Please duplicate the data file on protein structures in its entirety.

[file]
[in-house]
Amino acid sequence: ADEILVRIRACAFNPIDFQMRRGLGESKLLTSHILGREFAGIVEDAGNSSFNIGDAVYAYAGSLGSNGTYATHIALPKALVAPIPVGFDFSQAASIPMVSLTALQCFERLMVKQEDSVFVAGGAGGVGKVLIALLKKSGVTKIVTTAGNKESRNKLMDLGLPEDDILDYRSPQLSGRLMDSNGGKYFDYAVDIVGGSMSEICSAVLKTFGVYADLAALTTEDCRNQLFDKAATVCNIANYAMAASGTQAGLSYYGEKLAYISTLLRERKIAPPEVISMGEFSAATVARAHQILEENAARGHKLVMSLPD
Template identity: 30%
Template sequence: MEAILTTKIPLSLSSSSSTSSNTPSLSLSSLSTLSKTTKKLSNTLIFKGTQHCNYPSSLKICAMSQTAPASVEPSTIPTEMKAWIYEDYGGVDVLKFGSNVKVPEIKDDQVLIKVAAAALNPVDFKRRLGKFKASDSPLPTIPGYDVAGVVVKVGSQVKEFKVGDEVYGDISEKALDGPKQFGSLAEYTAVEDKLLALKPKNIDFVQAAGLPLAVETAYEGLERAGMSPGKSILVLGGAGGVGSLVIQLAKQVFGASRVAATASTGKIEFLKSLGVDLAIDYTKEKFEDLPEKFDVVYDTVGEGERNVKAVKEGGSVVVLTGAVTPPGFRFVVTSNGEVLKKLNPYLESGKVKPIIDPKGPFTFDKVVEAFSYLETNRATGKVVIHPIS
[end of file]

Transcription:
[in-house]
Amino acid sequence: ADEILVRIRACAFNPIDFQMRRGLGESKLLTSHILGREFAGIVEDAGNSSFNIGDAVYAYAGSLGSNGTYATHIALPKALVAPIPVGFDFSQAASIPMVSLTALQCFERLMVKQEDSVFVAGGAGGVGKVLIALLKKSGVTKIVTTAGNKESRNKLMDLGLPEDDILDYRSPQLSGRLMDSNGGKYFDYAVDIVGGSMSEICSAVLKTFGVYADLAALTTEDCRNQLFDKAATVCNIANYAMAASGTQAGLSYYGEKLAYISTLLRERKIAPPEVISMGEFSAATVARAHQILEENAARGHKLVMSLPD
Template identity: 30%
Template sequence: MEAILTTKIPLSLSSSSSTSSNTPSLSLSSLSTLSKTTKKLSNTLIFKGTQHCNYPSSLKICAMSQTAPASVEPSTIPTEMKAWIYEDYGGVDVLKFGSNVKVPEIKDDQVLIKVAAAALNPVDFKRRLGKFKASDSPLPTIPGYDVAGVVVKVGSQVKEFKVGDEVYGDISEKALDGPKQFGSLAEYTAVEDKLLALKPKNIDFVQAAGLPLAVETAYEGLERAGMSPGKSILVLGGAGGVGSLVIQLAKQVFGASRVAATASTGKIEFLKSLGVDLAIDYTKEKFEDLPEKFDVVYDTVGEGERNVKAVKEGGSVVVLTGAVTPPGFRFVVTSNGEVLKKLNPYLESGKVKPIIDPKGPFTFDKVVEAFSYLETNRATGKVVIHPIS